Question: After reading about the recent breach of security at Equifax, I went to the website and entered my personal information to find that Equifax “believe(s) (my) personal information may have been impacted by this incident.” What legal rights and remedies do I have if my information was compromised in the breach?

Answer: You and 143 million other people have the legal right to limit access to your personal information, and you can sue Equifax for damages incurred for violation of that right. Although our country lacks a comprehensive set of national laws on privacy and protection of personal information, under the Fair Credit Reporting Act, a consumer reporting agency is required to limit access to your personal information, something Equifax obviously failed to do.

Given the incredible numbers involved here, class-action attorneys are already filing cases on your behalf. A class action is a lawsuit filed by a plaintiff or plaintiffs who in turn represent a “class” of similarly situated individuals with similar injuries.

The courts have special procedural rules on class actions because the lawsuit automatically includes people as members in the class unless a person specifically opts out. You may be familiar with receiving a small postcard saying that you may be in a class-action lawsuit in some distant corner of the country. That card usually outlines your legal right to opt out of the class and go forward with the lawsuit on your own.

Depositing the card in the trash is a decision to stay in the case. Most of us can expect one of those postcards soon.

Sacramento attorney Rick Morin filed a class-action lawsuit in federal court on behalf of millions of Californians. Morin states that the facts of this case are much more egregious than the cases at Target or Home Depot, given the fact that Equifax knew it was a prime target but still dropped the ball. Morin says he will be pushing for cash compensation for class plaintiffs, not merely a coupon settlement that is common in class-action consumer cases.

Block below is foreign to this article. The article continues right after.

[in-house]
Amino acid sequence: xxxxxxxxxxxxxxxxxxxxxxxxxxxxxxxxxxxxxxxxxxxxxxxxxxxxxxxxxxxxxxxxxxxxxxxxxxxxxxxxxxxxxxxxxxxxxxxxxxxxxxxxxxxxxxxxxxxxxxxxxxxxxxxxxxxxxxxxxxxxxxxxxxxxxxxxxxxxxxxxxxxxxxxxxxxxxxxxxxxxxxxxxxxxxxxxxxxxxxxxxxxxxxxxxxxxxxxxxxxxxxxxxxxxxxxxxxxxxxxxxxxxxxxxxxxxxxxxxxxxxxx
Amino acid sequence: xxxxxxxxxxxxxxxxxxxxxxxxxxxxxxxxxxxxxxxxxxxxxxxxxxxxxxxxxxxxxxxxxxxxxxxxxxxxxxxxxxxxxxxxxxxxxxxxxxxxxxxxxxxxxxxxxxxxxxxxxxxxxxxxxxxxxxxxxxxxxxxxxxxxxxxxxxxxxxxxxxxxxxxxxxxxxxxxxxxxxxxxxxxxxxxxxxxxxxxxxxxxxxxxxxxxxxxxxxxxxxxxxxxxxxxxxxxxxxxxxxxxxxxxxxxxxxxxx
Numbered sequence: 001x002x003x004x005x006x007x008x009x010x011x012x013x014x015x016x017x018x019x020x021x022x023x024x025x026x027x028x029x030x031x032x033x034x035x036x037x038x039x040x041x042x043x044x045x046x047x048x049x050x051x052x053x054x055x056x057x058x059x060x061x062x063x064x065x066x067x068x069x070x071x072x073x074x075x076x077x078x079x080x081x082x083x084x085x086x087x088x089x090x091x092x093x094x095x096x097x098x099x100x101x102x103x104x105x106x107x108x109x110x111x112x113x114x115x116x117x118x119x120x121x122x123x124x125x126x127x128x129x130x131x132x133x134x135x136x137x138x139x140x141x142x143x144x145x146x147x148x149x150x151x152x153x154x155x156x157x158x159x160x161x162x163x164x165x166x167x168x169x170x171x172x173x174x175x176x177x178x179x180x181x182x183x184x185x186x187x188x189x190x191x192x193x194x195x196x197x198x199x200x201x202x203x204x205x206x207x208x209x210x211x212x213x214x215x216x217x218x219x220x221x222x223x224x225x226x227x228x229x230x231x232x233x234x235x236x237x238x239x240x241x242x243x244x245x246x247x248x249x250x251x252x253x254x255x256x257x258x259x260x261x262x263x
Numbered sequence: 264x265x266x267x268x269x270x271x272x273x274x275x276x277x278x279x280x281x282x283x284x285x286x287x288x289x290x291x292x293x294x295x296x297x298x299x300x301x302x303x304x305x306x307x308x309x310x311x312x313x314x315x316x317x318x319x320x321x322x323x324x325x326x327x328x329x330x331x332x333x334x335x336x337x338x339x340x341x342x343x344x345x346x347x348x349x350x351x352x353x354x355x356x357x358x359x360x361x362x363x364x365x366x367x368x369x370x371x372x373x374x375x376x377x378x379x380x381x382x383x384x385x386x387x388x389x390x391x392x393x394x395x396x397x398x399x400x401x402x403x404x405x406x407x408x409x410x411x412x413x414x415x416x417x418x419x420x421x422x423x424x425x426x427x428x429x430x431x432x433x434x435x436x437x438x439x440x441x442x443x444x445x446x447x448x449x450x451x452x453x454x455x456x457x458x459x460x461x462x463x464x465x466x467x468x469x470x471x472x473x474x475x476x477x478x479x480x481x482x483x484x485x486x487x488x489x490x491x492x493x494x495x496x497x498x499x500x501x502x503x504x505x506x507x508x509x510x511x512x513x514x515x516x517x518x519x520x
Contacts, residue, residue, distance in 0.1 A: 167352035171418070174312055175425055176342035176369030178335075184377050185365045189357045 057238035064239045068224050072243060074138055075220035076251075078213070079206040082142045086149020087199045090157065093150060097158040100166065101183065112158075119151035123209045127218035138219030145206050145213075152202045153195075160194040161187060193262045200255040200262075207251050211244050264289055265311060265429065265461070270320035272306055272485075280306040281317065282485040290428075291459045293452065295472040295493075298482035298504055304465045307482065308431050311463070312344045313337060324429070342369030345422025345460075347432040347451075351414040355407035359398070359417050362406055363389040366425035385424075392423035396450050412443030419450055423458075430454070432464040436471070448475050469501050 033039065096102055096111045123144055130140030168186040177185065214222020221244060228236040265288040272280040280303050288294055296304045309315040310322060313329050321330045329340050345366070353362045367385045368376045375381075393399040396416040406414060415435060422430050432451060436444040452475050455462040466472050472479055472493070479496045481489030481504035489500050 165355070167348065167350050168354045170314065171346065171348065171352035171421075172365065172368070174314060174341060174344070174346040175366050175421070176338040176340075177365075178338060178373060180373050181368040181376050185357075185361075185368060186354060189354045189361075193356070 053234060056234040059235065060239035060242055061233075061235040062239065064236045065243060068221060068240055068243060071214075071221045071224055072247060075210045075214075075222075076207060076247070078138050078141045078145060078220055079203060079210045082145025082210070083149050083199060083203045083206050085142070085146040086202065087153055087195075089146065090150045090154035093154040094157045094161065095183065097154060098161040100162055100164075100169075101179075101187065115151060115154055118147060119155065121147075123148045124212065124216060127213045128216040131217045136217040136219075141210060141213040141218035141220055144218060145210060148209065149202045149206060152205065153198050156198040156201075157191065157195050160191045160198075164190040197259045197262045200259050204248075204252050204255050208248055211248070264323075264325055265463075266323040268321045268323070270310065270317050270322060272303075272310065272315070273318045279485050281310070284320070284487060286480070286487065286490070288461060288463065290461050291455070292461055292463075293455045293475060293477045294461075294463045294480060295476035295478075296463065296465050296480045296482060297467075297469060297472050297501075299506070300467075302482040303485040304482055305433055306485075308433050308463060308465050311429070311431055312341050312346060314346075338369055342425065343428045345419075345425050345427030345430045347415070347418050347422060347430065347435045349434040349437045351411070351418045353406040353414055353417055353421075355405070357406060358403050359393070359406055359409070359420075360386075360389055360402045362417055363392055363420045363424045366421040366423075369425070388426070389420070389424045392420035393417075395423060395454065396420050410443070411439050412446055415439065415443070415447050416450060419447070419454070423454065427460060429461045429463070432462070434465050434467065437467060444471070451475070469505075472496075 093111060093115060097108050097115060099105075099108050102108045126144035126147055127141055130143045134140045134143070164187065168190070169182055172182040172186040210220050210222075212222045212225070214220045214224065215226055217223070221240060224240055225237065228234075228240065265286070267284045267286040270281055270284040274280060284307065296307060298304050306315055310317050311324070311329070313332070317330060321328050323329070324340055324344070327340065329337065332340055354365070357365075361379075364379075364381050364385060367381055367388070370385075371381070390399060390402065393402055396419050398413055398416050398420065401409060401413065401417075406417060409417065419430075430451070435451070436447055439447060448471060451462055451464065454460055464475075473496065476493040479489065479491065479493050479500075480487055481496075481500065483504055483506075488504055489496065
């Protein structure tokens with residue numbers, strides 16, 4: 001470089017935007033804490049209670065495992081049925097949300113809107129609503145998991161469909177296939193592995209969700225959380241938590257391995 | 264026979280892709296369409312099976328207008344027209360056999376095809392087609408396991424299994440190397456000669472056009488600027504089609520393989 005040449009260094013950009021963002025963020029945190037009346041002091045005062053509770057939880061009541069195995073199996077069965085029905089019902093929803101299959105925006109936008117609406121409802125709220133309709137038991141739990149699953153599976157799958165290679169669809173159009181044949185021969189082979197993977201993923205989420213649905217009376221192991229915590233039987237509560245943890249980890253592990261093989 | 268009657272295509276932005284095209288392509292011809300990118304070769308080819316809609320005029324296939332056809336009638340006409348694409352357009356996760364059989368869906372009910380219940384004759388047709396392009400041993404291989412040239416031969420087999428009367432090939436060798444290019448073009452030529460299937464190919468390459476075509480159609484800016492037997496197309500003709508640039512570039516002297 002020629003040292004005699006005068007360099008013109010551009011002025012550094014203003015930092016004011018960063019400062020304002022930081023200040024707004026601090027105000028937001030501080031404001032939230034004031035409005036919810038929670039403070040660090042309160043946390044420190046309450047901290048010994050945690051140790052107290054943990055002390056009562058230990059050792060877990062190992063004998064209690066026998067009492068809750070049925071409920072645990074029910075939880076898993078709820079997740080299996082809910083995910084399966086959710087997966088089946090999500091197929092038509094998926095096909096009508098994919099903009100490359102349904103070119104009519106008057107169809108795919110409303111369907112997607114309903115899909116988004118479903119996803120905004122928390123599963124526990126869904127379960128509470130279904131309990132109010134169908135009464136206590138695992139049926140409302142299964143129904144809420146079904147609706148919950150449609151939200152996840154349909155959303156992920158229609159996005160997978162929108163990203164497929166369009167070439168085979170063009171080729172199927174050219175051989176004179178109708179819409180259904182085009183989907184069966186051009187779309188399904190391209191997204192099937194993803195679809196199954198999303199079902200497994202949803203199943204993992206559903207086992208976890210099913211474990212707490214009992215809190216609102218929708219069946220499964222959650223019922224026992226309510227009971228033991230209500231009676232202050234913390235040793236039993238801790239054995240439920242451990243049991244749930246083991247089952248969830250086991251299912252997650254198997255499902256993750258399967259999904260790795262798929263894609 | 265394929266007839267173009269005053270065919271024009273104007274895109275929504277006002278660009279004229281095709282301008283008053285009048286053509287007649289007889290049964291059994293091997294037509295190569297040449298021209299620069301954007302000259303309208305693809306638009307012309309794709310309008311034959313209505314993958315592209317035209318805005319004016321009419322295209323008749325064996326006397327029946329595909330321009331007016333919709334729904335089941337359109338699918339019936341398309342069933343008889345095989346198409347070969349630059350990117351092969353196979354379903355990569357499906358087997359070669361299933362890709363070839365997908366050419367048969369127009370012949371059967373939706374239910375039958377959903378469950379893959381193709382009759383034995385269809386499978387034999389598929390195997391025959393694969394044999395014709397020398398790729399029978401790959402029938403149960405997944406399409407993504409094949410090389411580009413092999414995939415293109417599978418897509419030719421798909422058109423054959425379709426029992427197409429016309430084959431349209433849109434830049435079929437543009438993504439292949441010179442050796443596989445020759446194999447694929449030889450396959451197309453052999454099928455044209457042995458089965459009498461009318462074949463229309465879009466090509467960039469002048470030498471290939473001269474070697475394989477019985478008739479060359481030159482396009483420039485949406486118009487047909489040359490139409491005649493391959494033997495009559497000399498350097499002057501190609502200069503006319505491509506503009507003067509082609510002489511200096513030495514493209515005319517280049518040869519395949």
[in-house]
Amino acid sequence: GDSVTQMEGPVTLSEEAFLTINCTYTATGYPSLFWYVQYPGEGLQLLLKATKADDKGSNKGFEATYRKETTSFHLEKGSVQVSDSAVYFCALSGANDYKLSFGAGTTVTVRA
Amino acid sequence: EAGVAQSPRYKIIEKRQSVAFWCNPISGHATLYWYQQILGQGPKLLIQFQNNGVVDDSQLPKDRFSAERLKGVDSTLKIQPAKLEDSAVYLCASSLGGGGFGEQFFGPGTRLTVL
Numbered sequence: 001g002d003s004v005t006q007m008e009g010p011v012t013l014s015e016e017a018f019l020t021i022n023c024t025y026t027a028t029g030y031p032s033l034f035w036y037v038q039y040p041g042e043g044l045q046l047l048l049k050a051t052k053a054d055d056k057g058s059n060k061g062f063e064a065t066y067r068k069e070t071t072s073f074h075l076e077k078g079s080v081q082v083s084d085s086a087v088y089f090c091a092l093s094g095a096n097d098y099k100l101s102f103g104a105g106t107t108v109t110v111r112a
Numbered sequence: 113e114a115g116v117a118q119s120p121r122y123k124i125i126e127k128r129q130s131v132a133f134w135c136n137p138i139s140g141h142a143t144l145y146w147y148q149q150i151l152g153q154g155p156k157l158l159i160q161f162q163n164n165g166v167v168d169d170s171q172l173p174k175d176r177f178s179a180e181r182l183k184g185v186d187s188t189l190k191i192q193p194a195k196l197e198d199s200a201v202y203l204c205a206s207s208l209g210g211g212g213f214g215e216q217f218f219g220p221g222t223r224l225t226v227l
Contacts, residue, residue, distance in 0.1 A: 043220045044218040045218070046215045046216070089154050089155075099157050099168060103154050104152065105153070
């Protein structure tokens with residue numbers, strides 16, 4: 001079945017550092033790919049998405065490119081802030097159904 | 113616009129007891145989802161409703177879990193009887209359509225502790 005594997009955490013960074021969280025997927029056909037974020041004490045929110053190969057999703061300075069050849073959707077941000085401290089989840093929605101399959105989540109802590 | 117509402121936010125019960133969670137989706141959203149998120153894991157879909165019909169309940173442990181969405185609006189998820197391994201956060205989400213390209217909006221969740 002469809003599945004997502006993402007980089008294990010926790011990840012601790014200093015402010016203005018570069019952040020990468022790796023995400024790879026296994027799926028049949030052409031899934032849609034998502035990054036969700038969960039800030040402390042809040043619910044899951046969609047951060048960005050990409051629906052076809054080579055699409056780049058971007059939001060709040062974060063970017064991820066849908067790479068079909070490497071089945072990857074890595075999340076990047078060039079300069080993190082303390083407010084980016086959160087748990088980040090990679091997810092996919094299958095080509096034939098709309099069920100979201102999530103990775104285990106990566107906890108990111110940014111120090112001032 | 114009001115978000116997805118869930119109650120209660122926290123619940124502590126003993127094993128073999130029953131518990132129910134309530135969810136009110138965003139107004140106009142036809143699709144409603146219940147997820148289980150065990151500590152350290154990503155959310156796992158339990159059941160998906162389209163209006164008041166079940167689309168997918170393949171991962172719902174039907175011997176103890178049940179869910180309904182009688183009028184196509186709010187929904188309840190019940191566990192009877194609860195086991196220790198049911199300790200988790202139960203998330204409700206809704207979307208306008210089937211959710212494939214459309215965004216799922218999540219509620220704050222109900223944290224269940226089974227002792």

Although these class-action lawsuits may result in some modest payout and may spark some legislative change in the way our government oversees these consumer reporting agencies, it would not be advisable for you to simply sit back and wait. The most effective remedies you have are either closely monitoring your credit through a commercial service or requesting a “freeze” on your credit information at all three credit bureaus. Credit monitoring is where you are notified of any actions taken with respect to your credit.

Freezing your credit information, however, does more than simply notify you of action on your credit history; it locks it down. Obtaining the freeze requires paying a fee at the other two credit bureaus, but Equifax is waiving that fee until Nov. 21. The freeze is the most effective way to place the control of your personal credit information in your hands.

A potential lender is not free to access your credit to check your credit score or history by providing your Social Security number. For a temporary release of the freeze on an account, the consumer must provide to the credit bureau a complex password issued at the time of the freeze.

If credit reporting agencies can create a system that safely locks down information and provides it only when the consumer offers up a specific passcode, you have to wonder why that passcode method isn’t used all the time. As “Seinfeld” once noted, if the black box always survives the plane crash, why not build the whole plane like the black box?

When the IRS identifies an individual as the victim of identity theft (which I was), it issues a PIN number for any future tax return filing. Since most people’s Social Security numbers can be presumed stolen, shouldn’t issuing a PIN number be the norm? Again, build it like the black box.

This massive hack underscores our need to contact our representatives and make clear that things need to change.

Preston Morgan is a partner at Kopper, Morgan & Dietrich, a Davis law firm providing family law, estate planning and trust litigation representation. His column is published every other week in the Davis Enterprise. To pose a question to Preston Morgan, contact him at

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